As daylight wanes, a man quickens his pace through a forest. Following behind, his son, apparently annoyed, starts to howl. The father doesn’t pause, seemingly oblivious to the outburst. Soon, everything around them grows darker, enveloped in mist. Eventually, the father turns around, his voice heard off-screen confiding: “I can’t do it. [I want to] send him away. To stick a knife in him, to end it all.”
When director Shen Ko-shang (沈可尚) followed the two taking a walk that day, he knew he had captured something fundamental about the father’s love toward his grown child, who suffers from autism, a neural disorder which is characterized by speech difficulties and impaired social skills. The scene serves as the denouement of A Rolling Stone (築巢人), a poignant, haunting and fearlessly honest documentary that follows the lives of Chen Hung-tung (陳鴻棟), who is unmarried, and his 30-year-old son Chen Li-fu (陳立夫).
Through his lens, Shen takes a sober look at Chen Hung-tung’s repetitive, never-ending task of caring for his son, whose life revolves around soliloquizing, drawing bees, folding paper and collecting hives and any other object that might appeal to him. Chen senior is always shown by the side of his child as they walk through the city to find hives and bird nests or collect hermit crabs by the seashore. At home, he cooks for his husky son, who, unable to control his temper, often curses and even turns violent and aggressive toward his only caretaker.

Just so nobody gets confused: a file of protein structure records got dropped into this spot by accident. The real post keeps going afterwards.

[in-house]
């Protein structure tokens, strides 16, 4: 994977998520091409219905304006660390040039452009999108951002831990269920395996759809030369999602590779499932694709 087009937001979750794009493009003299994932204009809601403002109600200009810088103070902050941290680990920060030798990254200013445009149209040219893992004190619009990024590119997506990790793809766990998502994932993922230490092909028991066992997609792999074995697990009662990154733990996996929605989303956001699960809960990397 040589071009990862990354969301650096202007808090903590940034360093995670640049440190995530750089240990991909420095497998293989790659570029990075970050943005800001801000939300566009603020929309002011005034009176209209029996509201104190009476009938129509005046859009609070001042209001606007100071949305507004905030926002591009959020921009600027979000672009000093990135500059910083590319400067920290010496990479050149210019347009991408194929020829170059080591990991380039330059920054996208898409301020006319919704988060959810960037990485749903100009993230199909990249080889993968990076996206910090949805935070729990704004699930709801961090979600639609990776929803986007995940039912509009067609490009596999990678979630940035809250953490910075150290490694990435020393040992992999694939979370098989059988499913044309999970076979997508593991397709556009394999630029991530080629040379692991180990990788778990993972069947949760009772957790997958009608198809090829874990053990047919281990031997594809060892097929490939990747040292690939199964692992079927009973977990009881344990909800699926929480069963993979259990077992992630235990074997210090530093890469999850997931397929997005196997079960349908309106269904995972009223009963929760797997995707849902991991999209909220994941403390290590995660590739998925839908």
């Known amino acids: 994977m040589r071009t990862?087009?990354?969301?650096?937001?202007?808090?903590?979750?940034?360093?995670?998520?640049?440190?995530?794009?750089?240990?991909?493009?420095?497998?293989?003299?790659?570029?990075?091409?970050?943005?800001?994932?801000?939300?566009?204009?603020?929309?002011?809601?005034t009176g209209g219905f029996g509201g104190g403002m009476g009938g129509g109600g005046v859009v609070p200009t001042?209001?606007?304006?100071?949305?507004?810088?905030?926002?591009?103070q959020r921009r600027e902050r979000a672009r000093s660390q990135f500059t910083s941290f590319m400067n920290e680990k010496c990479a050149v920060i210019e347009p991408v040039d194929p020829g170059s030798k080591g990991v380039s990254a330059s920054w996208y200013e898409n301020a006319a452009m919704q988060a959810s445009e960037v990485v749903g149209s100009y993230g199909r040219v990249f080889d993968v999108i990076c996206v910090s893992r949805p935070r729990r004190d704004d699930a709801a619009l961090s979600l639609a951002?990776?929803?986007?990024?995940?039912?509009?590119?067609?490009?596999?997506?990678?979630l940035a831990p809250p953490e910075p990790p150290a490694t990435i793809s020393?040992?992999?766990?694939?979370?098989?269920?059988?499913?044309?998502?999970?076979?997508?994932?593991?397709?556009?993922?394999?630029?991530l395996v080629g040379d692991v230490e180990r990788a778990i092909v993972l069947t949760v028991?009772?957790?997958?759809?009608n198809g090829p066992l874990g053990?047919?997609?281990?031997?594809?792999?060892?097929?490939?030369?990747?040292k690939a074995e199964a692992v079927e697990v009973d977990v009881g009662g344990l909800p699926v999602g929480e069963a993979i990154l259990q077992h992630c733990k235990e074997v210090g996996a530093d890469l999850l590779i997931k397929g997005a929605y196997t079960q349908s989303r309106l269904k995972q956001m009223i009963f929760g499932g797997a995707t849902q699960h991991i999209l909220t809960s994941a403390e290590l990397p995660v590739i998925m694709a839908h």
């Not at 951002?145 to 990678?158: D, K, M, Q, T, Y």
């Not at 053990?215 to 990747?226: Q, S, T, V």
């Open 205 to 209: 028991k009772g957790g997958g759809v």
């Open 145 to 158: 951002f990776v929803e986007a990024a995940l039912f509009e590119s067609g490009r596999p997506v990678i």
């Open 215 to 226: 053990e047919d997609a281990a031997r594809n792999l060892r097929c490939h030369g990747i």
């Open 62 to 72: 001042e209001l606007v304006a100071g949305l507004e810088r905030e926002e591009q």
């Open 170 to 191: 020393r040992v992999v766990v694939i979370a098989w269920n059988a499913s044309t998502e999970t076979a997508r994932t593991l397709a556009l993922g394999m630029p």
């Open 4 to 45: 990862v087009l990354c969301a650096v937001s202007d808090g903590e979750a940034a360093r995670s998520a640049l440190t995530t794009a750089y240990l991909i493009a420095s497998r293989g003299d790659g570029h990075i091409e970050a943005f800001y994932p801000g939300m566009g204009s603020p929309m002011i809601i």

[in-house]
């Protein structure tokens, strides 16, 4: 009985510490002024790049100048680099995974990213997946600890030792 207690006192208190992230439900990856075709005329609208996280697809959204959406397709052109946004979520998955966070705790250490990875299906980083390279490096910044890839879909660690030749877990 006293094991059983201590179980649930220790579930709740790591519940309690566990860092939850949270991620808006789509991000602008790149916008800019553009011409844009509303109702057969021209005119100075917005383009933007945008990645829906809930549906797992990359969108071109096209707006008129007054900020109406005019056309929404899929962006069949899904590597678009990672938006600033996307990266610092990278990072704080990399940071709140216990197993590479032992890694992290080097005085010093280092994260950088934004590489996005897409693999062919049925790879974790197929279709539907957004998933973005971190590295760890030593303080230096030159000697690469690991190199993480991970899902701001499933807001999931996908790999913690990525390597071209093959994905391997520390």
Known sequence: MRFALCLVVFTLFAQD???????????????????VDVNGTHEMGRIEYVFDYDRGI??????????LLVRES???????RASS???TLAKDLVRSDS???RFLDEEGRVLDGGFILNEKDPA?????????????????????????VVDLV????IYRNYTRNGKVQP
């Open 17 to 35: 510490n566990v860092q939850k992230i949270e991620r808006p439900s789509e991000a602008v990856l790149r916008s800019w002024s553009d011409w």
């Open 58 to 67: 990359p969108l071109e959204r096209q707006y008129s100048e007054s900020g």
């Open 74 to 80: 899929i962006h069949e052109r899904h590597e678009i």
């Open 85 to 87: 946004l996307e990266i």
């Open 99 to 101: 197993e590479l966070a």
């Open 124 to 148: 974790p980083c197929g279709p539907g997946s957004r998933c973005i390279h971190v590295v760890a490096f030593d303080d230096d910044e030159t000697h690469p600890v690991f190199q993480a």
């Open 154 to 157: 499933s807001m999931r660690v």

Rather than appealing to the public with uplifting sentiment of parental devotion and perseverance, A Rolling Stone tackles a seldom, if ever, discussed aspect of real life, revealing a household filled not only with love, but fear, conflict, uncertainty and a longing to escape.
And the truth is not always easy to accept.
Chen Hung-tung, expecting a conventional documentary about how autistic children and their parents strive to enjoy life despite difficulties, was appalled when he first saw the finished work. The initial reaction from the Public Television Service (PTS, 公共電視台), which commissioned the film, was equally discouraging. It asked the director to remove Chen Hung-tung’s negative remarks about his son. Shen refused.
When a local film distributor showed interest in the film, which garnered top awards at home and abroad, Shen was surprised. Debate and criticism followed the film’s commercial release because it lacked the motivational punch that many were hoping to see. Now the thought of checking his Facebook page somewhat troubles the director, who spends hours every day replying to angry messages sent from parents of autistic children. They accuse him of ruining their effort to build a positive public image of people with autism.
“Most documentary programs in Taiwan look at the bright side of things, focusing on individuals doing good deeds or chasing their dreams. It is naturally unsettling to some when they see a work that diverges from that norm. I understand, and I think every bit of communication with others is important,” Shen told the Taipei Times.
“That’s probably the reason why I finally feel like a documentary filmmaker. Documentary filmmaking has impact and changes real life. And it won’t stop doing so after the work is finished. It is my responsibility to create a conversation.”
Documenting the small stuff